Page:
Maybe I’mjust uptight, overly sensitive and critical of Tsvangirai and need to give the man a break. Let us move along with his article.
Tsvangirai then spends the bulk of the rest of the article highlighting Zimbabwe’s main problems over the last few years, Mugabe’s role in bringing them about and in broadly outlining how he and the MDC propose to address them. The way he identifies the economic issues and his prescriptions no doubt were sweet music to his WSJ readers. The article displays a faith in classic IMF-World Bank-US style thinking about how nations should get ahead.
…committment to protecting persons and property…compessions for those who lost property in an unjust way…balance between reconciliation and accountability…restoring the independence of the judiciary…slashing bureaucratic red tape…will open economic opportunity to all Zimbabweans…taming the government’s appetite for spending…reduction of the number of ministers to 15…government will have to live within its means…Reserve Bank of Zimbabwe must become independent of the government…Most state-owned companies are woefully inefficient, will be privatized or shut down…
Most of this sounds harmless enough and is the kind of non-specific campaign rhetoric one would expect from any politician following the script of the reigning paradigm of how the world is currently economically structured. Tsvangirai gives no indication that he recognises that there has been a raging debate across the world about the effectiveness and benefits of classic IMF thinking about how to alleviate poverty and foster widespread economic growth in developing countries. Many of the most dynamic developing countries actually owe their progress to discarding classic IMF-style advice which assumes free markets that all economies have equal access to, to give just one example. The need to slash public spending, another central tenet of that kind of economic dogma is now questioned by many economists.
However, even for those of his broad recovery proposals I am not completely at ease with, I still grant that countries that intend to get ahead economically must just be pragmatic enough to accept that they must master the rules of the game as it is played in the world today, rather than hope that they can first change those rules. This means finding ways of manouvering around the many parts of that game that are “unfair,” rather than just whining about the unfairness. This is a big part of the lesson we can learn from the emerging economies of Asia.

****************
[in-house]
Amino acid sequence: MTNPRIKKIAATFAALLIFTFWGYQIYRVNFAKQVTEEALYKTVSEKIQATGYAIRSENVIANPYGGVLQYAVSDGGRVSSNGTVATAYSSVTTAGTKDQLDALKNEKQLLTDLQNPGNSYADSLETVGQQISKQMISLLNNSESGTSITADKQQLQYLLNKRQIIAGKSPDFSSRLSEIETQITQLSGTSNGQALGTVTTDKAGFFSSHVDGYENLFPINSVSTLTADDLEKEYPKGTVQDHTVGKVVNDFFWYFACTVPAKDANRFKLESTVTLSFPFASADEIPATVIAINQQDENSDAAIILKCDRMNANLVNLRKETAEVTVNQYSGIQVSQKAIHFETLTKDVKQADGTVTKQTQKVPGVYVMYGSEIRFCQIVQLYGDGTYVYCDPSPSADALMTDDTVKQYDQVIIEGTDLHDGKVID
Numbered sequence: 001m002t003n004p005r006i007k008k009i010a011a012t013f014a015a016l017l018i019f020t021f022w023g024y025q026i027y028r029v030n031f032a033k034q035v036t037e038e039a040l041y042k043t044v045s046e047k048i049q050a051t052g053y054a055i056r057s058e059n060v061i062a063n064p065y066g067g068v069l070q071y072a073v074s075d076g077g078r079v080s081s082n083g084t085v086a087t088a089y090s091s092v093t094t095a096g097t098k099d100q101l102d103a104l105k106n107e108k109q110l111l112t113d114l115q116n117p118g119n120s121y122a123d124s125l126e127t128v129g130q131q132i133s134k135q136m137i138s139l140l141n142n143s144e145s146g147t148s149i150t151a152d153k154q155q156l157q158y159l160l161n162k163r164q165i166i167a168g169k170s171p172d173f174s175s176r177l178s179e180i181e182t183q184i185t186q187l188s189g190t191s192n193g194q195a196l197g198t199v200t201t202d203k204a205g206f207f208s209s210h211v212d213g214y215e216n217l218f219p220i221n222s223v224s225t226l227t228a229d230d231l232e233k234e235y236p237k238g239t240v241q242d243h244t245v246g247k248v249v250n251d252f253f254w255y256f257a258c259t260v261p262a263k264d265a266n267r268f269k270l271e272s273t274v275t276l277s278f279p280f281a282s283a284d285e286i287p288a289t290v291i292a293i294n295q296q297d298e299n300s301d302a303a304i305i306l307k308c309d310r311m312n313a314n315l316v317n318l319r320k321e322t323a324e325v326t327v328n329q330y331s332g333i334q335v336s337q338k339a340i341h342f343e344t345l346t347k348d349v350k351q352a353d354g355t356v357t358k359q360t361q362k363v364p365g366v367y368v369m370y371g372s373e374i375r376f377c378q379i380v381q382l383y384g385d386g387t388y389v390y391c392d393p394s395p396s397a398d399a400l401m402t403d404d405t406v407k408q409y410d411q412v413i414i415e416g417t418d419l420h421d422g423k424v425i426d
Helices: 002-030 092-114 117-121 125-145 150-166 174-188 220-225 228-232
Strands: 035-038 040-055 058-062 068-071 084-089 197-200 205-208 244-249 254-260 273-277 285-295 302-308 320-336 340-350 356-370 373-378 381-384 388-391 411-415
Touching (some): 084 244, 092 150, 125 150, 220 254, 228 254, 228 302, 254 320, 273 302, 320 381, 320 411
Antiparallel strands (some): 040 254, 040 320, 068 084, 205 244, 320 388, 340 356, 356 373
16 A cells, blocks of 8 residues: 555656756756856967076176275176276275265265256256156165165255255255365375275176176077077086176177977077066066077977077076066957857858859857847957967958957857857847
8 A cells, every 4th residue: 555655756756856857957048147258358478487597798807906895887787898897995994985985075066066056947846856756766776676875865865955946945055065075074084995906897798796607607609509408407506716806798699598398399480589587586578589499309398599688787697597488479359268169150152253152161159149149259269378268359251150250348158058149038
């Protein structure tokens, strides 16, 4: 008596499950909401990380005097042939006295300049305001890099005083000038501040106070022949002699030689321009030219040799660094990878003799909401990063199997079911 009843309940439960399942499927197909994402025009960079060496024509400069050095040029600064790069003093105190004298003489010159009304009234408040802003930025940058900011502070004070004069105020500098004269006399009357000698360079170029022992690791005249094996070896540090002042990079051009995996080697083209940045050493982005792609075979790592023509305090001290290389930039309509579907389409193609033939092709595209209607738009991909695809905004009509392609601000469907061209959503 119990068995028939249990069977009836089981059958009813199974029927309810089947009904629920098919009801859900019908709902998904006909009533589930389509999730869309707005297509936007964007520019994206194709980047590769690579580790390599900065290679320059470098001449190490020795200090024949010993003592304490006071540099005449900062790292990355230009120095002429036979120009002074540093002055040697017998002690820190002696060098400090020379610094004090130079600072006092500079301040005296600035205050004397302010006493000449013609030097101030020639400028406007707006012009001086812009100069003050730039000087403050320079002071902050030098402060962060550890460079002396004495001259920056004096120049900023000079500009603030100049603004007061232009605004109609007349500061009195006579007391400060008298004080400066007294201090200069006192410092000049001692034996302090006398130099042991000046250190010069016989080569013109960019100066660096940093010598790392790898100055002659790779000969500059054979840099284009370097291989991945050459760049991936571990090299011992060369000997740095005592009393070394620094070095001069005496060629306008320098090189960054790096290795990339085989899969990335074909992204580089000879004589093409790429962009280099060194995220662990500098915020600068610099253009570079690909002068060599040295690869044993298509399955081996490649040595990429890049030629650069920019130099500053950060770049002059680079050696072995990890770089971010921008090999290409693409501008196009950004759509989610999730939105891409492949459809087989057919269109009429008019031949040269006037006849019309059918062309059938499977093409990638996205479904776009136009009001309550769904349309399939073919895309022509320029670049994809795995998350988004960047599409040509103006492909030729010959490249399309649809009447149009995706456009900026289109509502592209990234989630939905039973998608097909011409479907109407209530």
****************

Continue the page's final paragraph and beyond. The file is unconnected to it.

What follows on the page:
But I have the uncomfortable feeling that Tsvngirai is pandering to his American audience, trying too hard to impress and win over a foreign audience before he has won me, a Zimbabwean, over. The WSJ is surely a prestigious publication to get an article published in, but how relevant is that for a person running for president of a country in southern Africa? When last did Mr. Tsvangirai write an article for a Zimbabwe-dedicated website or publication ? Or even for any publication primarily read by Africans, whether on the continent or abroad. My point is not at all that he should not have written for the WSJ, but that this to me is a further reason to worry about his whole orientation.
I do not want another president who is a paranoid isolationist in the mould of Mugabe. But I do want a president who is more careful and smarter about his engagement with the Western world than I believe Tsvangirai to be. That for me partly means being cognisicant of Africa’s history and how being patted on the head as a good boy by Western powers can be an initially flattering blessing that may come back to haunt a naive politician. I want a president who has a deep knowledge of African history and of Africa’s present day aspirations to engage positively with the West, but with a cool, wary head, not a childish sort of over-excitement.
I know I am only supposed to be concerned about how the country can effect its rejection of Mugabe at the ballot last week. I am choosing to look ahead beyond that to try and say, “Tsvangirai, beware;watch your back.”